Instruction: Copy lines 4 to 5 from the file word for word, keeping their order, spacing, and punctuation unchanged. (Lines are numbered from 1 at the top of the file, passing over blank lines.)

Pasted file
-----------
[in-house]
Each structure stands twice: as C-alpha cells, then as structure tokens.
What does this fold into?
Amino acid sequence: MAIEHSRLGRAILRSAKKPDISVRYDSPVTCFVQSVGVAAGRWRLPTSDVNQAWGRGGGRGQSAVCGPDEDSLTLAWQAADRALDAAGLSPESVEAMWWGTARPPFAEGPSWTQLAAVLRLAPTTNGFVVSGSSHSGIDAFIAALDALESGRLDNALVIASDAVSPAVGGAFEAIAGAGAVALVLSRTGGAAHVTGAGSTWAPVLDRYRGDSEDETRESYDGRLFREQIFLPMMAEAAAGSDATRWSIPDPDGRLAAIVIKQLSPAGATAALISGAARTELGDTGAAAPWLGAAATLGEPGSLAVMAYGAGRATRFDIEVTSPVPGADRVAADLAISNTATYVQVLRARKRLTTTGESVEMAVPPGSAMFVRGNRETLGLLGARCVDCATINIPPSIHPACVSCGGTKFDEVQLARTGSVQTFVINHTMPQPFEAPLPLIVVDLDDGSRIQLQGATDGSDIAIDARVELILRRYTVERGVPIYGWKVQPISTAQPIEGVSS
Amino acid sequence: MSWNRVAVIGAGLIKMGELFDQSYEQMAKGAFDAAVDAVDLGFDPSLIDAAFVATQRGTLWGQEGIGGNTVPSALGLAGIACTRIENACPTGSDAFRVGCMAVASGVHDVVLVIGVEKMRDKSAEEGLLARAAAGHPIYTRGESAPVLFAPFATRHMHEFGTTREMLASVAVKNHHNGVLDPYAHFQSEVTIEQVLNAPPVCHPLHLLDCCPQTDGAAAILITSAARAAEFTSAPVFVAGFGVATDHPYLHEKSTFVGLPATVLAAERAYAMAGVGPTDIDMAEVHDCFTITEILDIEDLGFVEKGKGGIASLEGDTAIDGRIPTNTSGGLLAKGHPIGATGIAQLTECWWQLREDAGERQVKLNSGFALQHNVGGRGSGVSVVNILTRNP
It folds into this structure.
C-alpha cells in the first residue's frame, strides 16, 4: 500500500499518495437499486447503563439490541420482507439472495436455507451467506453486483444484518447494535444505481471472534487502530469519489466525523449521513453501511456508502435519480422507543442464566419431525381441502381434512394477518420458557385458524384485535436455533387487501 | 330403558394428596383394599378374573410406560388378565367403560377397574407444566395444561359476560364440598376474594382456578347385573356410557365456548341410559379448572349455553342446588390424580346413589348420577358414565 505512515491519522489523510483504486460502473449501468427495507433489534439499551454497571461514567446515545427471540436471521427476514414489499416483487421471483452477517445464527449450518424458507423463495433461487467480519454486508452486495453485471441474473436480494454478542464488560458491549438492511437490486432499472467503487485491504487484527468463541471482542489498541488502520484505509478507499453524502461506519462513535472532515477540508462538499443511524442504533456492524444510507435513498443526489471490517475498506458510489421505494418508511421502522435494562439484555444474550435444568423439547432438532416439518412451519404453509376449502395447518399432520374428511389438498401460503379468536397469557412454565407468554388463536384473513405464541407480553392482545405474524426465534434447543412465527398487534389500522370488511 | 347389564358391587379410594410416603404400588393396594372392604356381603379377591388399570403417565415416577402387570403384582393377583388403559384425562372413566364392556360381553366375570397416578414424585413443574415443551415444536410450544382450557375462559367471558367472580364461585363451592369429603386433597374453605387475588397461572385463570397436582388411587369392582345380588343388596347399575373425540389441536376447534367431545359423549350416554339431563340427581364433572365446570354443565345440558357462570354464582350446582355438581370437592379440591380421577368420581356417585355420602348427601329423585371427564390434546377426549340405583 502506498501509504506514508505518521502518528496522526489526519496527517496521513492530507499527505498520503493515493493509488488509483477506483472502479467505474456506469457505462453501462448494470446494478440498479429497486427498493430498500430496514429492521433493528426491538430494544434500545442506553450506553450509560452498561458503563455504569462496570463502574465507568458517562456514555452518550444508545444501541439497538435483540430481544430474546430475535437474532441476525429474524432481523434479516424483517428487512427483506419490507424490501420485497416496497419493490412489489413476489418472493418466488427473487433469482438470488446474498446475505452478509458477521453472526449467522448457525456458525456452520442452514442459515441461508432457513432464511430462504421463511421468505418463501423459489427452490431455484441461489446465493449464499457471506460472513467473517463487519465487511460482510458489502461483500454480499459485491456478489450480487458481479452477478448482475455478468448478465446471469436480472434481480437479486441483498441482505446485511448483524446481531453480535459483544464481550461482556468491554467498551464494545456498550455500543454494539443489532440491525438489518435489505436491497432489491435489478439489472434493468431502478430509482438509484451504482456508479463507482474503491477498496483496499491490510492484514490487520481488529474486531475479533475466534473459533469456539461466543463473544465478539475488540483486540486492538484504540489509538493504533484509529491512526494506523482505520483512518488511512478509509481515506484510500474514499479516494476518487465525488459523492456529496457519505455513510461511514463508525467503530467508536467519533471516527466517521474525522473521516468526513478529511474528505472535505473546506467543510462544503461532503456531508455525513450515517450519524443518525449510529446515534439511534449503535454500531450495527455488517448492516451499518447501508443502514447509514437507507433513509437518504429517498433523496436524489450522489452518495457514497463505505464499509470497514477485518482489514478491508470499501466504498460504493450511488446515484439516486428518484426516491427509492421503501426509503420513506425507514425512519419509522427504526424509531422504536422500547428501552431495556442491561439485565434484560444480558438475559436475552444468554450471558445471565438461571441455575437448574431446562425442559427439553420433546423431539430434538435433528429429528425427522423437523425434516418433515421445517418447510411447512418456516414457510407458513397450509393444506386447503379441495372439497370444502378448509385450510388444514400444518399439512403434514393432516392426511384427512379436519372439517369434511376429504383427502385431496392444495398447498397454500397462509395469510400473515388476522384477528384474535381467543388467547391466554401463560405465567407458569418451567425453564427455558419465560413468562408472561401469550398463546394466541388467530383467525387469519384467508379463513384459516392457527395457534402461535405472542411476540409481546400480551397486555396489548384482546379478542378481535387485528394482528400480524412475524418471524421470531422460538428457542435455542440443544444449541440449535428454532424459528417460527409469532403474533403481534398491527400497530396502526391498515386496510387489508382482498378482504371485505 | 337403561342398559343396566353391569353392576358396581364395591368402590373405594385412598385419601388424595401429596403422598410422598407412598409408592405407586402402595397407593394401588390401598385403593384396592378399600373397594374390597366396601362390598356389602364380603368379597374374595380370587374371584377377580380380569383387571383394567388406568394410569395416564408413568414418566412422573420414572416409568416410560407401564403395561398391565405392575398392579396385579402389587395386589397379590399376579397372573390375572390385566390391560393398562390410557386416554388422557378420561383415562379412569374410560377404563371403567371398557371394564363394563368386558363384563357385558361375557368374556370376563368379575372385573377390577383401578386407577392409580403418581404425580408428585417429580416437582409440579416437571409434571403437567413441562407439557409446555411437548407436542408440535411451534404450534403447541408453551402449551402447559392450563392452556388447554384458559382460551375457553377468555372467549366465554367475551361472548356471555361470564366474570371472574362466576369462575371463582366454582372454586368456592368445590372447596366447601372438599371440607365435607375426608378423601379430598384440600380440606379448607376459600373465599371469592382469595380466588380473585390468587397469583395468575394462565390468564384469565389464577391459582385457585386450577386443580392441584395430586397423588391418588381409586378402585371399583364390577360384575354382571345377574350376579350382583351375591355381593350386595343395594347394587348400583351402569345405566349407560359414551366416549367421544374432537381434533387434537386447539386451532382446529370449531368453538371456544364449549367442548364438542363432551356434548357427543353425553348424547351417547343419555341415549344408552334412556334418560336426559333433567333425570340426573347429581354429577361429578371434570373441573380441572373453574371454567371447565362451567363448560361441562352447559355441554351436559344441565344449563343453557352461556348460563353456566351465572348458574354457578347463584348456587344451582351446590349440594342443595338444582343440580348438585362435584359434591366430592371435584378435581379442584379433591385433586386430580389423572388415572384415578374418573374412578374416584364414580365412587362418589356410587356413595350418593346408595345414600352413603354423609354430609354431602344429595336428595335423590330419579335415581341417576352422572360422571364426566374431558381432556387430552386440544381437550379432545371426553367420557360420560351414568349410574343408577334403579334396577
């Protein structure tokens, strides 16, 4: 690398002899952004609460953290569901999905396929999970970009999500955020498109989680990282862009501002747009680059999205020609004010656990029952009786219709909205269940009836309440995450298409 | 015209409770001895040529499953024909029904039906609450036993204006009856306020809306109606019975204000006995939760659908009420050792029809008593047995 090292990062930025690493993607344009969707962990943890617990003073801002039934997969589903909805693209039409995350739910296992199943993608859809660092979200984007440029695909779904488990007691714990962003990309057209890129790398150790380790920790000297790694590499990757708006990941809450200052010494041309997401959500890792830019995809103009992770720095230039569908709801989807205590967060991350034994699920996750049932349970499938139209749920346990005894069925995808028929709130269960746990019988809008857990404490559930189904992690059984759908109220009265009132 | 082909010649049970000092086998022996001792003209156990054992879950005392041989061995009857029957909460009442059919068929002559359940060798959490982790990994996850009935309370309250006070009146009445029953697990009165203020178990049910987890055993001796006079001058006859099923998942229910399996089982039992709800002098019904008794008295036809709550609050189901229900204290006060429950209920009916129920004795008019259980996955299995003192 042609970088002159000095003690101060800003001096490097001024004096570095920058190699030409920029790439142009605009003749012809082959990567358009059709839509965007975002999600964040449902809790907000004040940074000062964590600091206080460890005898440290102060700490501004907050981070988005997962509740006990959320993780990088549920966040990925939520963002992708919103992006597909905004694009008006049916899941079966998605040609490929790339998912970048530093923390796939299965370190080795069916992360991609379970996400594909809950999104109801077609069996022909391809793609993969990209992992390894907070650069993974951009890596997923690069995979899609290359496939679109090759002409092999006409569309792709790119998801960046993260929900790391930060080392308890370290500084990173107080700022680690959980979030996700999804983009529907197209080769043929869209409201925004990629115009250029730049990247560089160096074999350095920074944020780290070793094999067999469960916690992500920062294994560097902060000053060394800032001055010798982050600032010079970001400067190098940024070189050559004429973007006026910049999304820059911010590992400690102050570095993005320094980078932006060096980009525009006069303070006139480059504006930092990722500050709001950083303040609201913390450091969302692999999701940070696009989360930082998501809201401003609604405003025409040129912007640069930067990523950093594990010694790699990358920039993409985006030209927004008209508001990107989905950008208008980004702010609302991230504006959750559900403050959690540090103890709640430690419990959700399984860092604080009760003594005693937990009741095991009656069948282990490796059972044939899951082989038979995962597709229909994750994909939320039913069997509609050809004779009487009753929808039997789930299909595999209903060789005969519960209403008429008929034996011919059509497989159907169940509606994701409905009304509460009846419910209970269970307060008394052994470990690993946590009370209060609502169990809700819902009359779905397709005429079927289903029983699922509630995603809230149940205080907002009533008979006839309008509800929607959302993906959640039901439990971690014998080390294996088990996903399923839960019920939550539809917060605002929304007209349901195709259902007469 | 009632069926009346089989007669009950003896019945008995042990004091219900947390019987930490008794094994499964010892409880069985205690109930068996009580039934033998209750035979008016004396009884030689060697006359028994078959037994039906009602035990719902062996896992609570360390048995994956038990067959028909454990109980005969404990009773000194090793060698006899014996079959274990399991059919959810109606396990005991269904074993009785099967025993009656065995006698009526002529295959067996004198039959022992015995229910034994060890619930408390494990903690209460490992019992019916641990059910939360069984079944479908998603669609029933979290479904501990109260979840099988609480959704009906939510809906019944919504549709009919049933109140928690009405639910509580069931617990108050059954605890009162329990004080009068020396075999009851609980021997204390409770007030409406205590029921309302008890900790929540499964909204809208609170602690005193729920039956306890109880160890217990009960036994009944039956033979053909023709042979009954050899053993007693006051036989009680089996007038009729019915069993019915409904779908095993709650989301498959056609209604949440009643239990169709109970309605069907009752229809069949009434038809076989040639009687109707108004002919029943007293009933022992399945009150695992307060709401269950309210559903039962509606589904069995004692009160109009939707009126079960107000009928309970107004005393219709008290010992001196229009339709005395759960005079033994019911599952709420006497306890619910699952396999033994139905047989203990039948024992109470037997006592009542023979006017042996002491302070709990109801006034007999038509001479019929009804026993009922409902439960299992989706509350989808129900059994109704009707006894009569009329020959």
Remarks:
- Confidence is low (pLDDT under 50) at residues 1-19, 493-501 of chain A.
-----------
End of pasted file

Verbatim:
Amino acid sequence: MAIEHSRLGRAILRSAKKPDISVRYDSPVTCFVQSVGVAAGRWRLPTSDVNQAWGRGGGRGQSAVCGPDEDSLTLAWQAADRALDAAGLSPESVEAMWWGTARPPFAEGPSWTQLAAVLRLAPTTNGFVVSGSSHSGIDAFIAALDALESGRLDNALVIASDAVSPAVGGAFEAIAGAGAVALVLSRTGGAAHVTGAGSTWAPVLDRYRGDSEDETRESYDGRLFREQIFLPMMAEAAAGSDATRWSIPDPDGRLAAIVIKQLSPAGATAALISGAARTELGDTGAAAPWLGAAATLGEPGSLAVMAYGAGRATRFDIEVTSPVPGADRVAADLAISNTATYVQVLRARKRLTTTGESVEMAVPPGSAMFVRGNRETLGLLGARCVDCATINIPPSIHPACVSCGGTKFDEVQLARTGSVQTFVINHTMPQPFEAPLPLIVVDLDDGSRIQLQGATDGSDIAIDARVELILRRYTVERGVPIYGWKVQPISTAQPIEGVSS
Amino acid sequence: MSWNRVAVIGAGLIKMGELFDQSYEQMAKGAFDAAVDAVDLGFDPSLIDAAFVATQRGTLWGQEGIGGNTVPSALGLAGIACTRIENACPTGSDAFRVGCMAVASGVHDVVLVIGVEKMRDKSAEEGLLARAAAGHPIYTRGESAPVLFAPFATRHMHEFGTTREMLASVAVKNHHNGVLDPYAHFQSEVTIEQVLNAPPVCHPLHLLDCCPQTDGAAAILITSAARAAEFTSAPVFVAGFGVATDHPYLHEKSTFVGLPATVLAAERAYAMAGVGPTDIDMAEVHDCFTITEILDIEDLGFVEKGKGGIASLEGDTAIDGRIPTNTSGGLLAKGHPIGATGIAQLTECWWQLREDAGERQVKLNSGFALQHNVGGRGSGVSVVNILTRNP